"I'm a businessman now," John
Sinclair would say in his hawking farmer's baritone, and we'd all
Ex-convict, three-time loser, beatnik days poet and jazz critic, Sinclair
had taken to hanging around with Rob Tyner and his grizzly Motor
City Five. Coming home late at night from the Fifth Estate
office back in '68, i could hear the Five blasting the primitive atonality
into the glass-littered streets outside what was then their home, the
Artist's Workshop. Their only fans were greasy bike outlaws and
fugitive dope addicts.
They couldn't get hired then - even as Bill Graham refuses to hire
them now - because of their reputation as rabblerousers. Their organ was
the much busted SUN newspaper. They played at benefits in the streets
with black jazz innovators like the Pig Fuckers and the Joseph
Jarman trio: the Five's music was born with, rather than "influenced
by", the revolutionary jazz associated with Detroiters like Elvin
Jones, Yusef Lateef, Barry Harris.
During the second civil war in Detroit, while me and my buddies roared
up 8 mile in our channeled Harley-Davidsons, lights out, swigging contraband
liquor, whites and blacks together were fighting the 101st airborne (from
Vietnam) in our streets and alleys. Machine gun fire crackled through
the burning nights, and the MC5 were exposed to the kind of violence
which made Chicago of last summer look like a student protest: where "hard"
groups like the Fugs and Country Joe withered, the Five
were kickin out the jams in Lincoln Park, and Norman
Mailer gasped for breath, describing them as "the beast in
After the insurrection, no one ever really put the lid back on Detroit.
There were late at night echoes of sniper fire in the ghetto. Anarchy
fomented in the 8 to 5 armpit of the Mechanical Bride. Dynamite and guns
could be had from the Renegades and Outlaws, when they weren't bashin'
each others' toothless brains in at the 400 bar on John R.
The Five were perpetually at war, this time with the Mafia of Plum
Street, now with the West Virginia rednecks who sopped up beer at
the C&W saloons of Third Street, and always with the cops: the history
of the Five's commune, Trans Love Energies, is the history
of midnight firebombings, extradition, police-infiltration, weird alliances
with motorcycle gangs and block revolutionaries.
In the city which the Guardian in a five page story last week described
as having "the most important revolutionary action in the country",
Sinclair formed the White Panthers, the underground arm of the
Five's philosophy. Not long afterward began a series of draft board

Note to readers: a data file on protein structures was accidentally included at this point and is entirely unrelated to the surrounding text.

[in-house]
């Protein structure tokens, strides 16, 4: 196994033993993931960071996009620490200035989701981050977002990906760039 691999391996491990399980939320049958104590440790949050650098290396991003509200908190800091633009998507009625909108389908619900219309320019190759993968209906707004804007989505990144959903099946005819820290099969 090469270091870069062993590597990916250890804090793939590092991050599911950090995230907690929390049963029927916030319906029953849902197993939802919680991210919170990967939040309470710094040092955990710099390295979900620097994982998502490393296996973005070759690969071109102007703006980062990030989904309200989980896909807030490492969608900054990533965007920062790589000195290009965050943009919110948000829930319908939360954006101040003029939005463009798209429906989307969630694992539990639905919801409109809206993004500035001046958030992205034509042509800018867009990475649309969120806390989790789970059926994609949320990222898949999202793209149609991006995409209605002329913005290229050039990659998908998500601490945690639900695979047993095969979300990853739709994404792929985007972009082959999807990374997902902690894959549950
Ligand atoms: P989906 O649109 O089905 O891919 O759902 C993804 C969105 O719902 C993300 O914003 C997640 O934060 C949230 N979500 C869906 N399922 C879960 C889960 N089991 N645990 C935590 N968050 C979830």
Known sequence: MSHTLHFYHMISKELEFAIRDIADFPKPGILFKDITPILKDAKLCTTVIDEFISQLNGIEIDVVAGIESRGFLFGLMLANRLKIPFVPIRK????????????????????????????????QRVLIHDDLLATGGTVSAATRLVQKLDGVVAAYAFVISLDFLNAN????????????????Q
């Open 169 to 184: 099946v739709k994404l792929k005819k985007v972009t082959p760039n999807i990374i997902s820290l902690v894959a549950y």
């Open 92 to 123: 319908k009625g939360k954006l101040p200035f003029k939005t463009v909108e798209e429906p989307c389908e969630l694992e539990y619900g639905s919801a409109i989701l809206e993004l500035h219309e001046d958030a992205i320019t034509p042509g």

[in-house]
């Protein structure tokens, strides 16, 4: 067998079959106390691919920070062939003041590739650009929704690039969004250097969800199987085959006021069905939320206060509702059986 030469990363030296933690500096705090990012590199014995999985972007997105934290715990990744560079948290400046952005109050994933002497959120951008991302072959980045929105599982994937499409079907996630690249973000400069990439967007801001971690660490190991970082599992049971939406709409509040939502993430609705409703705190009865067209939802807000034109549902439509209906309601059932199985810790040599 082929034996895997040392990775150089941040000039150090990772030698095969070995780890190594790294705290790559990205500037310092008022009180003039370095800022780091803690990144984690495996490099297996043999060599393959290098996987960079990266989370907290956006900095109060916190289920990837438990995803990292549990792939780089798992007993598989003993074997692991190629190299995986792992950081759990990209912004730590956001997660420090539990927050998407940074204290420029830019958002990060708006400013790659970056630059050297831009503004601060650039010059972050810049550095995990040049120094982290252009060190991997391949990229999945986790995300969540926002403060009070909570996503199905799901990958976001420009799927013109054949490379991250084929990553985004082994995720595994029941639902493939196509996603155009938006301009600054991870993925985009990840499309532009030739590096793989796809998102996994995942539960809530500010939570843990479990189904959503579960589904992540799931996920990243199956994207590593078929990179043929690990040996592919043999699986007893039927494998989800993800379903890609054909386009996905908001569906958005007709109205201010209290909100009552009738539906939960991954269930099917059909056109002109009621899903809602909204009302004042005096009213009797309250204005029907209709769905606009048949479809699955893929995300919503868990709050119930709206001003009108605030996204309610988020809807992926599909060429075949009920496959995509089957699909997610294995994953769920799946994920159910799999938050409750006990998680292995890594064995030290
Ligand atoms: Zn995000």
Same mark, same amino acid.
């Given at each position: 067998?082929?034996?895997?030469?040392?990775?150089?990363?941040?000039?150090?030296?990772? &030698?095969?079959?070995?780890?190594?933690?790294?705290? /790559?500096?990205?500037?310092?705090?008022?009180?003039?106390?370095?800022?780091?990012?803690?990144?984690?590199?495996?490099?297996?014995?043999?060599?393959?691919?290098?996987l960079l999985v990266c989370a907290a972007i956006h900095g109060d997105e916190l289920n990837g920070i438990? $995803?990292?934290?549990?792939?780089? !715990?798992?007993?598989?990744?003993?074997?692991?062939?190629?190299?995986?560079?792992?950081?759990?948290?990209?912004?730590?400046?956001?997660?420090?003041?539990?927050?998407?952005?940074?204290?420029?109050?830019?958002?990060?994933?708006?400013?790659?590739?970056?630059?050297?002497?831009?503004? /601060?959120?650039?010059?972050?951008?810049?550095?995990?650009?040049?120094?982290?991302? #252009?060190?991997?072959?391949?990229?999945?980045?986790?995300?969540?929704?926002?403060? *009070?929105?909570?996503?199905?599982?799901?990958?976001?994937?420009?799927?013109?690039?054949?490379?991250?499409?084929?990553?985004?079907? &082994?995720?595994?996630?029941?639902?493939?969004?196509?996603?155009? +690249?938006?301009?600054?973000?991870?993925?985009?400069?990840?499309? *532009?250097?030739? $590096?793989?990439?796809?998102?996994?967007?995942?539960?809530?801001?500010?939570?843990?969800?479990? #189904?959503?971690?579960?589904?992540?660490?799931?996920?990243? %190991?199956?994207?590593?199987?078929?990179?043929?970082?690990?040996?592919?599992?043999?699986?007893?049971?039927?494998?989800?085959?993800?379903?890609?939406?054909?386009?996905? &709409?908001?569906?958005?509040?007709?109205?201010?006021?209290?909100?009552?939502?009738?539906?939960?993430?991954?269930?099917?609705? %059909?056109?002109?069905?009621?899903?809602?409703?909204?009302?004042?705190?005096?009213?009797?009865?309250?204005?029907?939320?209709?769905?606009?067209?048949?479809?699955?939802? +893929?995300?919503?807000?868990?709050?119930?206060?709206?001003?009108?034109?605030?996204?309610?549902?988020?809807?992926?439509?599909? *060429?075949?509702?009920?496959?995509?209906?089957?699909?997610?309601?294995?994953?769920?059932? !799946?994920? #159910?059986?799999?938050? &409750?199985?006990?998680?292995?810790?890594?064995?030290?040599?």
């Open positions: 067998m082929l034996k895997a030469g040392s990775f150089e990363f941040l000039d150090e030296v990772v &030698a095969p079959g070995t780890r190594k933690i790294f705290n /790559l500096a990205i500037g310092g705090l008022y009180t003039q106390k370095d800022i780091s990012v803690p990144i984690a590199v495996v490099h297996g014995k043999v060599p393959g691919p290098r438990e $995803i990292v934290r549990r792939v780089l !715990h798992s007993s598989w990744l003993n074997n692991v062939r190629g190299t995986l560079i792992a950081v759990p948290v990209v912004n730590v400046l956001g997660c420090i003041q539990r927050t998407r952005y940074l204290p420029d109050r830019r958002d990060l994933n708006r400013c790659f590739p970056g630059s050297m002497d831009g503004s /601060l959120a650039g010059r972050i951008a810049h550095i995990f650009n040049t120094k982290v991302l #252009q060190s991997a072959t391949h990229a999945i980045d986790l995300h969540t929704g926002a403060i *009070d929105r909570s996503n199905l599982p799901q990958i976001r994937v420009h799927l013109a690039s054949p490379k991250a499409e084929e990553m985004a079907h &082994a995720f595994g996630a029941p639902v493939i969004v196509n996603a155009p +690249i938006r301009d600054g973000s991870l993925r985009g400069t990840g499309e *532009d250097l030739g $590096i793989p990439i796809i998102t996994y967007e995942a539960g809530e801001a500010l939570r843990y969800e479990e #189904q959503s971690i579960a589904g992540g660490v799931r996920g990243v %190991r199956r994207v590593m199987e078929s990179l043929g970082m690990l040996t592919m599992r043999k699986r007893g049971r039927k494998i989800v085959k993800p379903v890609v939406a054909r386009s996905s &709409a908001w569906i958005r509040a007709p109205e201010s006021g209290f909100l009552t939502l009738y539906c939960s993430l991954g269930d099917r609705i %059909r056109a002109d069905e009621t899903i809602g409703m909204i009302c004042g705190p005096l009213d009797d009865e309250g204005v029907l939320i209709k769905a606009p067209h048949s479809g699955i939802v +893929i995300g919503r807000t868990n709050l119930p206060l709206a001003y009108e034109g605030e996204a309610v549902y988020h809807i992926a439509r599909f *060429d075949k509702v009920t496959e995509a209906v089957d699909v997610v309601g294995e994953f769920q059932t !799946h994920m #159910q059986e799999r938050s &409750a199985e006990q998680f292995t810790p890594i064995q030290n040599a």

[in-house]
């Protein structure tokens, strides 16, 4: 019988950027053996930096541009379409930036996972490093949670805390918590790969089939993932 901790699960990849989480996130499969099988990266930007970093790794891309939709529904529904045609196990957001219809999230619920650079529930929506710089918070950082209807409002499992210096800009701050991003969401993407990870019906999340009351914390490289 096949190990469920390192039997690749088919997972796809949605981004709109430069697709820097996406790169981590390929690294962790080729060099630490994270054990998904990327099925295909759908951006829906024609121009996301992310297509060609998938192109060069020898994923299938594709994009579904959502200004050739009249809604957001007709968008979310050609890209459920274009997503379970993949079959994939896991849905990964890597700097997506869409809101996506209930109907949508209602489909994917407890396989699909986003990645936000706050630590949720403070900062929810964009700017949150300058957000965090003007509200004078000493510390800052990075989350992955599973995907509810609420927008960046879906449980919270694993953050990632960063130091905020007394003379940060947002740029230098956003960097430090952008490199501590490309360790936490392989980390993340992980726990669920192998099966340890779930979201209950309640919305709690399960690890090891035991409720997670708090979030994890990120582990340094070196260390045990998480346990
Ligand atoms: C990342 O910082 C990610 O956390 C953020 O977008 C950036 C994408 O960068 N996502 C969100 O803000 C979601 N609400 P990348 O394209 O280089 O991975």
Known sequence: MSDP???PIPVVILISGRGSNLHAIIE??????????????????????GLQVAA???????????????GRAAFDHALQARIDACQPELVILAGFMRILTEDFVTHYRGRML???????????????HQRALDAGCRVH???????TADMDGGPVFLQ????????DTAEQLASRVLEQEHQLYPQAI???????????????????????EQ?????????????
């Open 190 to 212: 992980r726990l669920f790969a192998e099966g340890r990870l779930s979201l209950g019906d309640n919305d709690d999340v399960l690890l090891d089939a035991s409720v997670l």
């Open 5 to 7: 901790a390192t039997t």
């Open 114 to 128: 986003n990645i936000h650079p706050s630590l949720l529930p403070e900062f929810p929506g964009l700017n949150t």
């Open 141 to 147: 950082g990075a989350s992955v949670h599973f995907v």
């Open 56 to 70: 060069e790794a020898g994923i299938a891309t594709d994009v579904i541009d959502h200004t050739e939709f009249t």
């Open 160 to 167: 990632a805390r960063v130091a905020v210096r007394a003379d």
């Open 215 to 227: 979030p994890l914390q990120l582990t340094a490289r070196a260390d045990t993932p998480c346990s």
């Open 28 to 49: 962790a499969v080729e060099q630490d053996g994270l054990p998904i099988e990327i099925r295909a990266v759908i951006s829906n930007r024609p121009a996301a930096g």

and CIA office bombings. The "mad bomber", running down the
Panther line, gave interviews to the Fifth Estate in which he lectured
to his next victims.
Motor City Madness is what they call it. It was around before "revolution"
became vogue to talk (and sing) about: our fathers used to open their
shirts and show us their scars from the epochal '43 race riot.
The Five, who have a total of one and a half of higher education
between them , are raw alienation. When i heard them a the Straight
last week, half the audience was paralyzed and the other half were groping
themselves. As the Village Voice noted, no other group does the
Little Richard split, the Chuck Berry Cakewalk, the James
Brown kneedrop, the Jackie Wilson leap with the mastery of
As Sinclair describes it, "We're a total thing, a working model of
the paleocybernetic culture in action". They bombard your sensed
from every angle; the drawback with their album (Elektra 74042)
is that it's like buying a souvenir program to a Maximilian circus.
"People into progressive rock," says Tyner, "have
trouble relating to us. We have evolved beyond the key and the beat. It's
based on energy. A song, like everything else - including our lives -
is viewed as an energy force".
"We don't play Hollywoodshit", adds lead guitar Wayne Kramer,
"Our music is rock and roll, dope and fucking in the streets."
"Kick Out The Jams" is the most revolutionary - in form
and content - album to ever hit the streets. Sinclair, in his capacity
as Minister of Information of the White Panthers, says in the liner notes,
"The MC5 are totally committed to revolution, just as revolution
is totally committed to driving people out of their separate shells and
into each other's arms... We are a lonely desperate people, pulled apart
by the killer forces of capitalism and competition, and we need the music
to hold us together... Go wild! The world is your! Take it and be one
One ad the Five were running (till Elektra spotted it) ran: "Kick
out the jams, motherfucker, and if the store won't sell you the MC5 kick
the doors down. Fuck Hudson's."
Like most record stores, Hudson's in Detroit won't carry the album.
A few stores have been busted for selling it.
Says Sinclair: "Jac Holzman (of Elektra) got fucked over by
the industry, the distributors, the d.j.'s and the police for backing
us. According to an article i read today, Elektra is changing the
liner notes. They're scared. They don't know what's goin' on. Holzman
came crying on my shoulder, and i told him we knew people would get up-tight."
When Janis Joplin is playing Carnegie Hall, brothers, the Five will still
be jamming free in the streets.